Have you ever regretted a yoga class? It’s not a nice feeling. Here’s some tips to help you avoid the “icks”.
1. You feel out of place
This one’s a no-brainer. If the yoga teacher looks at you funny, or says something mean, like “Come back after you’ve lost weight”, then RUN! Or, if the vibe says you’re a freak, you’ll feel it. Don’t stay for that class. The room should ooze warmth, compassion and acceptance.
2. You’re the only person over 30
Younger folks can do a more vigorous, faster-paced practice. Unless you’re already in tip-top shape, look for classes with folks your own age.
3. It costs over $15.00
Well, maybe in New York or LA classes are over $15.00, but don’t choose a yoga class just because it’s pricey. Sometimes the best yoga teachers are the ones teaching in the trenches–instead of a fancy Yoga studio, they teach at the Y or a church where overhead is low. Those teachers need your support too!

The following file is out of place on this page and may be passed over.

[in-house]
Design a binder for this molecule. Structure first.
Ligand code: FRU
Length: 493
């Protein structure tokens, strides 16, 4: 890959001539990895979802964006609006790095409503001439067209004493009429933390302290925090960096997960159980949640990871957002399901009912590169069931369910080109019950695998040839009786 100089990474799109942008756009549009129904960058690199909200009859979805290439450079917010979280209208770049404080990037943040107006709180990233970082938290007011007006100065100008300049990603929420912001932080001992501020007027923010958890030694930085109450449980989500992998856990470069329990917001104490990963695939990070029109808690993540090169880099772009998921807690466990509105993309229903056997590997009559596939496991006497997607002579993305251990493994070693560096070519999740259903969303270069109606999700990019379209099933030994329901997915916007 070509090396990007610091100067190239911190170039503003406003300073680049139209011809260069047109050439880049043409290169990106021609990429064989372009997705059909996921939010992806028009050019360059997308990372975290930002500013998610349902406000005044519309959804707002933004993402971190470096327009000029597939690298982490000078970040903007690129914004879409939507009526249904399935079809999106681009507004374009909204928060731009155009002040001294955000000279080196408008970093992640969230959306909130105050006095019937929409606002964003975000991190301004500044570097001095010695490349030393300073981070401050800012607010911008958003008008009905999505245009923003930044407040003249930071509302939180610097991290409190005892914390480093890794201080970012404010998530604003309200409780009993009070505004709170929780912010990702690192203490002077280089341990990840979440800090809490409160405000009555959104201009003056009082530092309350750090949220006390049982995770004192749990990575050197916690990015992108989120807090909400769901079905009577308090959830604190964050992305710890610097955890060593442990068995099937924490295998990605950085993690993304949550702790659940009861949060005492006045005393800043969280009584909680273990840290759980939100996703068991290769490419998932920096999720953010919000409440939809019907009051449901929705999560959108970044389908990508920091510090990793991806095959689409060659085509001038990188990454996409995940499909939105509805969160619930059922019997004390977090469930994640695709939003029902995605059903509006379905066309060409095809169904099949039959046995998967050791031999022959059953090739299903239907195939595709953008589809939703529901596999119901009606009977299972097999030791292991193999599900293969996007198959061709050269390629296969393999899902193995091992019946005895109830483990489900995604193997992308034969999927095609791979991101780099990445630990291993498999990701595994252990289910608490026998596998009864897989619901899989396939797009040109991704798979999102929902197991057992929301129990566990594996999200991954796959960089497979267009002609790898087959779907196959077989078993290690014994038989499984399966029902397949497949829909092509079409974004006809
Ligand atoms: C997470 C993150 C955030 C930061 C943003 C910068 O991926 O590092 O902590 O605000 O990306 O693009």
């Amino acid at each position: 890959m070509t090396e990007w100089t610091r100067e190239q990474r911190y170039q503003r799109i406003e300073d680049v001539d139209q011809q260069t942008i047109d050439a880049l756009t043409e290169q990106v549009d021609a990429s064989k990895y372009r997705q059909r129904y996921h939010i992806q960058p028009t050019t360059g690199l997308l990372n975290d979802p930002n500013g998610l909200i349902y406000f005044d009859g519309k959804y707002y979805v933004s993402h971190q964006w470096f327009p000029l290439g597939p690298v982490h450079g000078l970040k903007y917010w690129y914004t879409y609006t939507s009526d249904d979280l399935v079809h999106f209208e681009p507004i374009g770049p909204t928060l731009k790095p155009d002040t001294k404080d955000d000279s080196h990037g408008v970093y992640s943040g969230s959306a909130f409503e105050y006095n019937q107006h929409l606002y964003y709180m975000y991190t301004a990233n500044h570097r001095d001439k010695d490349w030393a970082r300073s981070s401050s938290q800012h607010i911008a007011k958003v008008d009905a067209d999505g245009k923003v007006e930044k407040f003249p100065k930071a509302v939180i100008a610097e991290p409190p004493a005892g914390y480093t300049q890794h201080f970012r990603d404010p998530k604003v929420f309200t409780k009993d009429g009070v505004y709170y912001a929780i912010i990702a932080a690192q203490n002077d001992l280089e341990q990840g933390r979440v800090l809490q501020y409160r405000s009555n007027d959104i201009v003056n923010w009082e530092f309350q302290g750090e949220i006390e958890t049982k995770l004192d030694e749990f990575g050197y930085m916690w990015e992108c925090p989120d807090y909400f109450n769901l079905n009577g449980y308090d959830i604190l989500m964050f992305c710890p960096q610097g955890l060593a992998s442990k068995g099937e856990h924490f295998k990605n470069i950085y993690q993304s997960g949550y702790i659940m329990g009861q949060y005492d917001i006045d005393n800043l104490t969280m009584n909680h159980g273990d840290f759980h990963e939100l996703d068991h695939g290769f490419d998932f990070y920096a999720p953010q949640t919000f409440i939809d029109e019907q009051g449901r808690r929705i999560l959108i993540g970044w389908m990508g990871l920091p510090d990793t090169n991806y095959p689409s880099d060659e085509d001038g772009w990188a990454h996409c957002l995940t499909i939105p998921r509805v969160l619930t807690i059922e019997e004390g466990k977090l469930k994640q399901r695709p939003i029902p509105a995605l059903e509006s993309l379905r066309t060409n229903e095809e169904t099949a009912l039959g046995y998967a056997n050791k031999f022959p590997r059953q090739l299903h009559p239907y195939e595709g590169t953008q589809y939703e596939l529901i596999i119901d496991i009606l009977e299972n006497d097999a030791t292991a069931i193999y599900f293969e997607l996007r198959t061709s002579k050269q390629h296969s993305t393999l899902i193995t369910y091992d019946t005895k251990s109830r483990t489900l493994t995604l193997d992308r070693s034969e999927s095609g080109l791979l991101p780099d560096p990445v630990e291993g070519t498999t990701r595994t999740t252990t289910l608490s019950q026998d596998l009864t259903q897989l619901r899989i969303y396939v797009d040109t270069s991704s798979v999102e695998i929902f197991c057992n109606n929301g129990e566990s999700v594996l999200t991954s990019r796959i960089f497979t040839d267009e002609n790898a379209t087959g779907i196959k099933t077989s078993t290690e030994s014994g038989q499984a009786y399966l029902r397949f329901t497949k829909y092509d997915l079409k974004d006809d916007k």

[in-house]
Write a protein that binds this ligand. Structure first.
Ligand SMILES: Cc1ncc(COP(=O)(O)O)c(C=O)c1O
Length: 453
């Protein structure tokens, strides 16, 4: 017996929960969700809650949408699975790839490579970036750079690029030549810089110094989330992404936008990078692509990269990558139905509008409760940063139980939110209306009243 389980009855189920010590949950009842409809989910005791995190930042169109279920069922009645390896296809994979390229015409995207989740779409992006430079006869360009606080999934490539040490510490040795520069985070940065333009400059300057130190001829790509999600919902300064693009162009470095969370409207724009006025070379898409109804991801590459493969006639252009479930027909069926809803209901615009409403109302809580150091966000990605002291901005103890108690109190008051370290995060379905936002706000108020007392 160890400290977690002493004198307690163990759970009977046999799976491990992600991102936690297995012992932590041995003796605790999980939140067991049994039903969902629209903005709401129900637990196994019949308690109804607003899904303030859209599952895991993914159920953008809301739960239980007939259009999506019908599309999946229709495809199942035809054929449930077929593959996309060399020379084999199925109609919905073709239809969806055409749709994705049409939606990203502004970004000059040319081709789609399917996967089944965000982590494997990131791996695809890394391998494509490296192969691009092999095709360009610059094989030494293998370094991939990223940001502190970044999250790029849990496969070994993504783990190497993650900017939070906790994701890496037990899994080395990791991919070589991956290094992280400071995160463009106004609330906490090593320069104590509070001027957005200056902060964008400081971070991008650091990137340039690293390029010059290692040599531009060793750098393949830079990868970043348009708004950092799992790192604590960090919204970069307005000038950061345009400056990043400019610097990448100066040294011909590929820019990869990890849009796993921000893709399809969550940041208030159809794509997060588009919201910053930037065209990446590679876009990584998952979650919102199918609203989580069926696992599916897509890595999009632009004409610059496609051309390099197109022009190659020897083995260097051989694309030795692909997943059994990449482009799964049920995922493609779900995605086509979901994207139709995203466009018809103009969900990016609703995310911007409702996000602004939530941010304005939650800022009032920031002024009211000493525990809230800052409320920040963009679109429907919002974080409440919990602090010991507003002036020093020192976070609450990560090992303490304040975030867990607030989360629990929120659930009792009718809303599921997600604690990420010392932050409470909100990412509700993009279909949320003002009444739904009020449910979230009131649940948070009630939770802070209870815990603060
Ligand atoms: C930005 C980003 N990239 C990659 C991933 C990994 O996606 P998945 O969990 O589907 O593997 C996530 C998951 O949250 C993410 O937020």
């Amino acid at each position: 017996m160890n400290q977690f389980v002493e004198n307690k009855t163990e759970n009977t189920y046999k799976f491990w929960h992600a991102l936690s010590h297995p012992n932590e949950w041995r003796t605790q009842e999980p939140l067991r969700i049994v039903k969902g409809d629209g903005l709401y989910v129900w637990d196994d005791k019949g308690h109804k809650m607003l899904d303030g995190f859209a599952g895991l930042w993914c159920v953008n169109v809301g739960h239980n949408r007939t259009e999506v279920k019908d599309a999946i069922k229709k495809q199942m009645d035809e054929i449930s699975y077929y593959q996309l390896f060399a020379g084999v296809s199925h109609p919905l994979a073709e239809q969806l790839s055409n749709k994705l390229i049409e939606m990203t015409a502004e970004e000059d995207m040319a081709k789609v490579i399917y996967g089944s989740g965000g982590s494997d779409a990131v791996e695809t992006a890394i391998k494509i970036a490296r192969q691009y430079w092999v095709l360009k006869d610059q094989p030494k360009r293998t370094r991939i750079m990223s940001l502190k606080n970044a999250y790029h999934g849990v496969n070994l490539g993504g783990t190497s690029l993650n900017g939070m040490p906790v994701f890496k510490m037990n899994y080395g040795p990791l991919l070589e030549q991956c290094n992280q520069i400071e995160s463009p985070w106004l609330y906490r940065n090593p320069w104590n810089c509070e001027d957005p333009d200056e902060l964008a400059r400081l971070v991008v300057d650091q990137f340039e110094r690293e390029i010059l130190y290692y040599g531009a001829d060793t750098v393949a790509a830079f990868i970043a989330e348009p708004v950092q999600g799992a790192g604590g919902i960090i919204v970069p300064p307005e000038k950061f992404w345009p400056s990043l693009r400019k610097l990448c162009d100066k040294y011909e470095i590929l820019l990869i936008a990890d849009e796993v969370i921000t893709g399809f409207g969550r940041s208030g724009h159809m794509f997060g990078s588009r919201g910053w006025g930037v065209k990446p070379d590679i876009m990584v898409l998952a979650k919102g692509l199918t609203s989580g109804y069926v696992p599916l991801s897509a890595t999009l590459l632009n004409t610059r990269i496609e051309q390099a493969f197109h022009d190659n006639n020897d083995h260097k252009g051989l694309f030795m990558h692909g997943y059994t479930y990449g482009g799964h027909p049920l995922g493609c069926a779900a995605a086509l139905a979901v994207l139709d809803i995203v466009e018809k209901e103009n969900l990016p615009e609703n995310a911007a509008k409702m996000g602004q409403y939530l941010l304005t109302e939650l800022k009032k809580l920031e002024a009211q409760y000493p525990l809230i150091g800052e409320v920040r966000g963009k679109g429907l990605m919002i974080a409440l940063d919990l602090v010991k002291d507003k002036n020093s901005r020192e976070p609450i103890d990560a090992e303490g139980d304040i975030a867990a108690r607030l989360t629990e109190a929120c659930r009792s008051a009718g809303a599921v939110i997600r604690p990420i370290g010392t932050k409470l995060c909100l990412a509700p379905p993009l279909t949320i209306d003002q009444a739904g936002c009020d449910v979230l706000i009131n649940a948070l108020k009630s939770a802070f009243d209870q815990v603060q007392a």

4. The next day you hurt like crazy
If your practice makes you really sore the next day, maybe re-think the class level you’re attending. These days, even the “beginners” classes are pretty strenuous. It’s fine to feel a little something in your muscles and joints the next day, but not so much that you’re hurting. As my friend Swami Murugananda says “Start slow, and taper off”.
5. You don’t understand a word they’re saying
I love using the Sanskrit terms when I’m teaching, but I always use the English as well, in case the newcomers might feel out of place (see #1) or not understand what the heck I’m talking about. That’s what teaching is all about–helping people to learn stuff for and about themselves. Yoga’s not an insider’s club.
Don’t be discouraged if you do find yourself in the wrong Yoga class–it happens. Just know that it’s not your fault, so don’t feel guilty about it. It may be that the class description didn’t fit what was actually going down. Or, maybe a sub was called in at the last minute who wasn’t familiar with teaching the class you signed up for. Things happen. Bottom line–keep going till you find a class that feels like home. Have a relationship with the studio, the teachers, the other students–the sangha. There is safety in numbers and it’s wonderful when we all support one another on this magical path of Yoga.